All these things suggest that it is getting harder to make a profit in China; that is also getting harder to find projects to invest in at all; and that those who have made their money aren’t prepared to risk another spin of the wheel. None of these are things you usually find in very fast growing economies. Another hint for those who still need one, is that China is no longer a very fast growing economy.

Merryn Somerset-Webb
Contributing Editor, Money Morning

Publisher’s Note: This article originally appeared in MoneyWeek (UK)

From the Archives…

Free of the Dragon: Why the Energy Market Doesn’t Need China
2012-05-25 – Kris Sayce

China Stirs Up Troubled Waters in the South China Sea
2012-05-24 – Dan Denning

How Chinese Stocks Are Fading Fast
2012-05-23 – Lars Henriksson

LNG: Why Australia Will Be a New Global Gas Leader
2012-05-22 – Dr. Kent Moors

A Shocking Week for China’s Economy
2012-04-21 – Dr. Alex Cowie

It’s Getting Hard to Make Any Real Money in China

Good News for Natural Gas Stocks


Finally – encouraging news for beaten down natural gas stocks.

The fossil fuel welcomed words from the International Energy Agency (IEA) Tuesday that gushed about the boom in unconventional natural gas over the next two decades. The agency said the incoming supply increase would let the United States and other countries enjoy cheaper energy and shift the export reliance away from the Middle East.

IEA Chief Economist Faith Birol told Reuters that growth in shale gas and other new available forms of natural gas could mirror gains made in conventional gas in Russia, the Middle East and North Africa combined.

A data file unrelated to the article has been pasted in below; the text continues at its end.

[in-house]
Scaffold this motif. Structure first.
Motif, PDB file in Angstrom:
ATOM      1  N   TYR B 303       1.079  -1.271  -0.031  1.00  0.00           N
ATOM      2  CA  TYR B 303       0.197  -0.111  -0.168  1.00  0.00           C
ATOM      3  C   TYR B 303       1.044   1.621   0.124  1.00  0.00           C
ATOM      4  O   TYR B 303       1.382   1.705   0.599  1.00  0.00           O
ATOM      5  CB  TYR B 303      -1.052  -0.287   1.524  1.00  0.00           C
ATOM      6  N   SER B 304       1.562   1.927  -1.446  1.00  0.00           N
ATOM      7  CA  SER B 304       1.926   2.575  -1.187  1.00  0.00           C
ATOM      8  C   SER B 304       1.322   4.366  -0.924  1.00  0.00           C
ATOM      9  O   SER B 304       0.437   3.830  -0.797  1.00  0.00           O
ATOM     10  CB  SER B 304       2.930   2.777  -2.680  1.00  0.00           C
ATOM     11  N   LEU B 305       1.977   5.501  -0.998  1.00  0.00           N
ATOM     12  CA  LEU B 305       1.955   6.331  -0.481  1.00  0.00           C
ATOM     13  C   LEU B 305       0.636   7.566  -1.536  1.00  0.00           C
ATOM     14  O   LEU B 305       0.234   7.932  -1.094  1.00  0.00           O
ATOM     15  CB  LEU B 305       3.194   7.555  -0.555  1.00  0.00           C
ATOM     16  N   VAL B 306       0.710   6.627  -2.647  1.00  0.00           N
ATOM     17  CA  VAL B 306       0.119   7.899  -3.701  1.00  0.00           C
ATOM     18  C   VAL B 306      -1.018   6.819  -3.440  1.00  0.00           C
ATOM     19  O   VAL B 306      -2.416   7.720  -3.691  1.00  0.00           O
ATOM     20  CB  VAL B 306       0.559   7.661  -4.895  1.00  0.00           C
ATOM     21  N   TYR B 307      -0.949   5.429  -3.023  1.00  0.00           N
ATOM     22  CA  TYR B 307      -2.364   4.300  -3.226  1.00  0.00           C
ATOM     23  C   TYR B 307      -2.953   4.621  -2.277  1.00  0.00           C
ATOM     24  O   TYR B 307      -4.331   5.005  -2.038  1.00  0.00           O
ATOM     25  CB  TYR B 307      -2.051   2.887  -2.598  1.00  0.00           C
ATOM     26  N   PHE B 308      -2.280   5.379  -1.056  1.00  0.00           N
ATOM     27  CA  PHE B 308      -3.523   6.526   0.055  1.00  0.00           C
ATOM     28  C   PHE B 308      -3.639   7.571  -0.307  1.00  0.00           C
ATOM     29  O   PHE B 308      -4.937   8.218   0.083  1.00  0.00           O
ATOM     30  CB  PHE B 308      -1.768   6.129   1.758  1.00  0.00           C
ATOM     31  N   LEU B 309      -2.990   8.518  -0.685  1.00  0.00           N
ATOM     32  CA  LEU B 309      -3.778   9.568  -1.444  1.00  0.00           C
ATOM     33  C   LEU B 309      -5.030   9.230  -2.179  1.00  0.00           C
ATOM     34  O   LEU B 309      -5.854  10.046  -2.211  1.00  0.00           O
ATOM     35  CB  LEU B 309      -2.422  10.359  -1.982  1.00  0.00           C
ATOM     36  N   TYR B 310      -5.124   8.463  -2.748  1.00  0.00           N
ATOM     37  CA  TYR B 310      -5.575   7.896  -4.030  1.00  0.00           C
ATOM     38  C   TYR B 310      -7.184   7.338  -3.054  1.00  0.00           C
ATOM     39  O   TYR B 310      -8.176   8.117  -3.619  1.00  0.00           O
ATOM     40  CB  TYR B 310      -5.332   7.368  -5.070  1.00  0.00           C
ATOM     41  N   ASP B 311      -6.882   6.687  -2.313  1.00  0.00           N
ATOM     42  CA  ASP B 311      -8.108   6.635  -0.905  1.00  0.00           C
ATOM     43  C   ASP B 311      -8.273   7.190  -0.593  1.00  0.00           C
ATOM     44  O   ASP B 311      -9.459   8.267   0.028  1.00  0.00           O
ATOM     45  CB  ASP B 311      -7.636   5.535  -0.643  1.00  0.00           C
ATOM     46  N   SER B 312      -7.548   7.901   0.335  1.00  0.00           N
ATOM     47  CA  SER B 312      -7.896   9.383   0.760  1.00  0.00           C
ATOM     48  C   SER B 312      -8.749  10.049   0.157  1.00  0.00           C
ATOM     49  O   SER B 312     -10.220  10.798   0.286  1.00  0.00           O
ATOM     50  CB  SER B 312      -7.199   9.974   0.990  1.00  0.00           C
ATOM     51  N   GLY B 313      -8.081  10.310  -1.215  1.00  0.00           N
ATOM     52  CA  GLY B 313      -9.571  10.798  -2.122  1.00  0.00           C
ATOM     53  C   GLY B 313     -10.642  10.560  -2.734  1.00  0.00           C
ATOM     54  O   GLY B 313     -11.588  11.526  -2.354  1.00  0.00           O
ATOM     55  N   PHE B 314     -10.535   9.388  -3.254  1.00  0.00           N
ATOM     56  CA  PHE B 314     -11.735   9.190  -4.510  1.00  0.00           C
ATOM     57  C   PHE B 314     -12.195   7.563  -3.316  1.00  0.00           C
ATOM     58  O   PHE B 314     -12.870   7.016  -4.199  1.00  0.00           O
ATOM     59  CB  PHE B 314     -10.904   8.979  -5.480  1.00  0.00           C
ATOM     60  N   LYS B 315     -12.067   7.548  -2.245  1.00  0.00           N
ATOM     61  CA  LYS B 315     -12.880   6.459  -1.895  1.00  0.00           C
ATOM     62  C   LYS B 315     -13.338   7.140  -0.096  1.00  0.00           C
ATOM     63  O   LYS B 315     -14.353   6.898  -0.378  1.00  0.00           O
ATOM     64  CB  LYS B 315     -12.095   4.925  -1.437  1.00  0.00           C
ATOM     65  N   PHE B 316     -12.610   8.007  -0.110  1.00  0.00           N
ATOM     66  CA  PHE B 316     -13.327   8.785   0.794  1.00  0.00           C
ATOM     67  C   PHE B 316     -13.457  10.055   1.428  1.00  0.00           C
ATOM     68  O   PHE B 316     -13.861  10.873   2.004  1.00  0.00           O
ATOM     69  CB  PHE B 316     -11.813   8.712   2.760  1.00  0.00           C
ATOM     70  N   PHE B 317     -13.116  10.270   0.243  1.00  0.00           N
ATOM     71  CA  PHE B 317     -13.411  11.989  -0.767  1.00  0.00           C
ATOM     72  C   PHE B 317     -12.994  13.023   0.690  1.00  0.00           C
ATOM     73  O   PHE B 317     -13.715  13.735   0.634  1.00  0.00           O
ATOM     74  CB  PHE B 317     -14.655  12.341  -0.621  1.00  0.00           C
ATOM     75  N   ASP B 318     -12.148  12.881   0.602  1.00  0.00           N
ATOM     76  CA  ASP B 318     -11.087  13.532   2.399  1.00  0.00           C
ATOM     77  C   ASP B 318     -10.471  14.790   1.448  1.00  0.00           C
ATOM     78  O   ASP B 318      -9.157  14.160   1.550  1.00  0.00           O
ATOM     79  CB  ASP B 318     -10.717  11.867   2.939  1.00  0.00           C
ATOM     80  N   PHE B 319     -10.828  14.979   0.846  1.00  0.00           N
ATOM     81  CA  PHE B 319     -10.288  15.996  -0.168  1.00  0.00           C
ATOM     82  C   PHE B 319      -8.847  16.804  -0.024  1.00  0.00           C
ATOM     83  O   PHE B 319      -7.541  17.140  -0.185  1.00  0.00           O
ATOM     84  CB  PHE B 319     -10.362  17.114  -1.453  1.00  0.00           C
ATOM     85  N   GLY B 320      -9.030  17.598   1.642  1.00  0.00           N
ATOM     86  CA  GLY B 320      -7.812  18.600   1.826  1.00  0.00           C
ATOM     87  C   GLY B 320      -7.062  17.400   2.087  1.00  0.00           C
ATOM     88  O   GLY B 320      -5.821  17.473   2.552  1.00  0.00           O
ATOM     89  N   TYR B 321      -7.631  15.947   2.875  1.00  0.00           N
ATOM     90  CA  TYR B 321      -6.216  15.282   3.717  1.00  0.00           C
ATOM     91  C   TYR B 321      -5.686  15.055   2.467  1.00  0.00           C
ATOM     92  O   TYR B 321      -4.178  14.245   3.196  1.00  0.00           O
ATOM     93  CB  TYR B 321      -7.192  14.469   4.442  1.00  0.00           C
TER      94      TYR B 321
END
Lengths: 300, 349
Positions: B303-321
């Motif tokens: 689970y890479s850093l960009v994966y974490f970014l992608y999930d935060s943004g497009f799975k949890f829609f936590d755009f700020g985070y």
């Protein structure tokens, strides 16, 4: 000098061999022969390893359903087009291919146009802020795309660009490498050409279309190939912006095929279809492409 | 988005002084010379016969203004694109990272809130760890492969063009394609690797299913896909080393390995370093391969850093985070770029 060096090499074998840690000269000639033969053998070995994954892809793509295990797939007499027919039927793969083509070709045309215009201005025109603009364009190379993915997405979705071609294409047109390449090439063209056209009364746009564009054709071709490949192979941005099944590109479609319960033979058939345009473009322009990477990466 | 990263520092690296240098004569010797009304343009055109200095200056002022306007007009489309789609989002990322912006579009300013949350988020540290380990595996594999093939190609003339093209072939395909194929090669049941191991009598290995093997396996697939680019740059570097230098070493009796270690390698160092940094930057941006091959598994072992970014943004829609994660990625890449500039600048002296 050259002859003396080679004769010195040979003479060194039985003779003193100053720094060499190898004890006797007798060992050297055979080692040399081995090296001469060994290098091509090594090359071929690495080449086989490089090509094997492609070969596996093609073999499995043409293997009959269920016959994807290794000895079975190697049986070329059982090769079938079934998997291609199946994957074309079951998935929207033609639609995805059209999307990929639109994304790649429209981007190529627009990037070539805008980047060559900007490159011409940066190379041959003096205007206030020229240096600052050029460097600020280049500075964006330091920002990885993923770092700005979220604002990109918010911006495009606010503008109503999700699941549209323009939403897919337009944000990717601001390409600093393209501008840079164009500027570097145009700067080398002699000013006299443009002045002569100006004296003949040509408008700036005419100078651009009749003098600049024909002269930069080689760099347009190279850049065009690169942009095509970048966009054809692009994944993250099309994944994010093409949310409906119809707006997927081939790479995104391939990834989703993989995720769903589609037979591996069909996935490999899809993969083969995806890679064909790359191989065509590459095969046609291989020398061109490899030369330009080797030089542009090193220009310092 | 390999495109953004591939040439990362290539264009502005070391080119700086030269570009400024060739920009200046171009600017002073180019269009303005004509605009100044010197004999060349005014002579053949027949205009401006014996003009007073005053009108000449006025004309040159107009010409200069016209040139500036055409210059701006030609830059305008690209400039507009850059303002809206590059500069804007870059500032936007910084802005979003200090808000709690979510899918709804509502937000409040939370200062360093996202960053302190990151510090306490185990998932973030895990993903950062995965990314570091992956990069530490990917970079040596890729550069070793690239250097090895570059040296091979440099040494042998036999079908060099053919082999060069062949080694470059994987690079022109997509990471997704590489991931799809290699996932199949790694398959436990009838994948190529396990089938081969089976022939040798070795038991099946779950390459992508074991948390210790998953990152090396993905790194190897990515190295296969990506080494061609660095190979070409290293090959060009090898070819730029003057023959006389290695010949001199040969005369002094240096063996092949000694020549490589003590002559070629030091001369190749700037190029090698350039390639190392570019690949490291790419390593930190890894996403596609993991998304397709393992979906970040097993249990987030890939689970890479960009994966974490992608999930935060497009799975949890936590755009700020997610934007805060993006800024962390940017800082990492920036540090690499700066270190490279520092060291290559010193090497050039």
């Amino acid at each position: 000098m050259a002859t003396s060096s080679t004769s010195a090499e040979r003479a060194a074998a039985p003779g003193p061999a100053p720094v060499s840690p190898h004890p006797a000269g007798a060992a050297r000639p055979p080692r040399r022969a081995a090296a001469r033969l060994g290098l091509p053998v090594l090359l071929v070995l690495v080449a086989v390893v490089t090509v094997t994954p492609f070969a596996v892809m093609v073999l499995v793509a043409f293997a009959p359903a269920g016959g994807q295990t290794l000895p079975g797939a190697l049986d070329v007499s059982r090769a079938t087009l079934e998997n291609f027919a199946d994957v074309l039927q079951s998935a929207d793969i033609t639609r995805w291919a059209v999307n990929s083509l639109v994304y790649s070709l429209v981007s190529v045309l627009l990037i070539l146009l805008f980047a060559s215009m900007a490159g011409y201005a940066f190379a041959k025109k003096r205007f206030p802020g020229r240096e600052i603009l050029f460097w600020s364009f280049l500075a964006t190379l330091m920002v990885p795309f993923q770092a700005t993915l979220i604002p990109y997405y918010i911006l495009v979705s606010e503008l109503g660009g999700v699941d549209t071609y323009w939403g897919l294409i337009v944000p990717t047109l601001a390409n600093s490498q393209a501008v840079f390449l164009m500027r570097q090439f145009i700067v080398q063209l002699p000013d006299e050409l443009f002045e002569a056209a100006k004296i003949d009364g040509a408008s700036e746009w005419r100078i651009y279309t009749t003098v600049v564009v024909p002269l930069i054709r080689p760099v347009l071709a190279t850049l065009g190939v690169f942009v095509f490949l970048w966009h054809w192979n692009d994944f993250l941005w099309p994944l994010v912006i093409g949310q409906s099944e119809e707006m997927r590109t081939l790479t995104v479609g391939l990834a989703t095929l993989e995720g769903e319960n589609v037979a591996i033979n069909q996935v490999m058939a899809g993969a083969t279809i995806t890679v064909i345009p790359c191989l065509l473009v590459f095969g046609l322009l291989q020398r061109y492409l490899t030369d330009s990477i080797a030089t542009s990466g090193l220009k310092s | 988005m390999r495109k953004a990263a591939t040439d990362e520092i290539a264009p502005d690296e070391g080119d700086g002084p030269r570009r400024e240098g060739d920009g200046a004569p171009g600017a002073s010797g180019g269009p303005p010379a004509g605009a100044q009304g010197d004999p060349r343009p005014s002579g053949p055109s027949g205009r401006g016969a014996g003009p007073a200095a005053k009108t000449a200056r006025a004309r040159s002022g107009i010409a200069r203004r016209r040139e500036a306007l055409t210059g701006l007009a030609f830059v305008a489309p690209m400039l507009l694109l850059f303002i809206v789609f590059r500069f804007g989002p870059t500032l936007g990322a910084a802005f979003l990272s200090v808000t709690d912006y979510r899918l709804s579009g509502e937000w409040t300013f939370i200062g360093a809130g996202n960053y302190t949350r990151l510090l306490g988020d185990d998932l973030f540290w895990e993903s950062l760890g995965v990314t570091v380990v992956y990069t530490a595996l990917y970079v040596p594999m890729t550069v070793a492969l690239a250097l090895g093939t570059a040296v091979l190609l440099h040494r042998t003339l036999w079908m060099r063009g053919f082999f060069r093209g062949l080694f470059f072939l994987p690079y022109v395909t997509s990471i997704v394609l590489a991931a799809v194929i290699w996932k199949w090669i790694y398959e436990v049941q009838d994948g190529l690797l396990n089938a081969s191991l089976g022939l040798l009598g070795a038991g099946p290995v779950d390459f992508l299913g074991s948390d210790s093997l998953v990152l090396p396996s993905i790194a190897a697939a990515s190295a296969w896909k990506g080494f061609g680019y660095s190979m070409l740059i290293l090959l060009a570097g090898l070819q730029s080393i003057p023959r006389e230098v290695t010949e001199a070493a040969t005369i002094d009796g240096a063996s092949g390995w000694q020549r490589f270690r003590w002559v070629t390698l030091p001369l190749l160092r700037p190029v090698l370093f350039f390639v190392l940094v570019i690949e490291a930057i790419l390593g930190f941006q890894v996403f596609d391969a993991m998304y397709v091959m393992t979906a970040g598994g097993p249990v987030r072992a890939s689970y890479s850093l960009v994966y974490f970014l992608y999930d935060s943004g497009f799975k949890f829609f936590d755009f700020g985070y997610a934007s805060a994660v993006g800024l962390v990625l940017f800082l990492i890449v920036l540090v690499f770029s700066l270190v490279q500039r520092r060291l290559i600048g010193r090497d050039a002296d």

“Unconventional natural gas will fracture the status quo and will be a complete game changer with major geopolitical implications,” Birol said.

Over the past years, high natural gas prices were a driving force behind new ventures into previously unavailable, unconventional gas reserves including tight-gas, shale gas and coal-bed methane resources.

But recently, ample stores and waning demand have weighed on natural gas prices, taking the commodity down to record low levels.

However, things are about to change.

Forecasts differ as for when the natural gas price channels will start churning and push domestic prices higher, but the tide will turn as the fuel becomes more widely used.

Jim Brick, macro-energy analyst at research consultant Wood Mackenzie, told Forbes he believes the U.S. could start exporting 3.2 billion cubic feet of LNG a day by 2030, as America moves away from its reliance on foreign energy sources and takes on a more advanced role as a worldwide energy supplier.

And as surplus domestic supplies begin to dwindle, natural gas prices will take off.

Mike Breard of Hodges Capital deems the chance of natural gas doubling in five years is better than the odds of oil doubling over the same period. The jump, according to Breard, could be sudden.

Diane Alter
Contributing Writer, Money Morning

Publisher’s Note: This is an edited version of an article that originally appeared in Money Morning USA

From the Archives…

Free of the Dragon: Why the Energy Market Doesn’t Need China
2012-05-25 – Kris Sayce

China Stirs Up Troubled Waters in the South China Sea
2012-05-24 – Dan Denning

How Chinese Stocks Are Fading Fast
2012-05-23 – Lars Henriksson

LNG: Why Australia Will Be a New Global Gas Leader
2012-05-22 – Dr. Kent Moors

A Shocking Week for China’s Economy
2012-04-21 – Dr. Alex Cowie

Good News for Natural Gas Stocks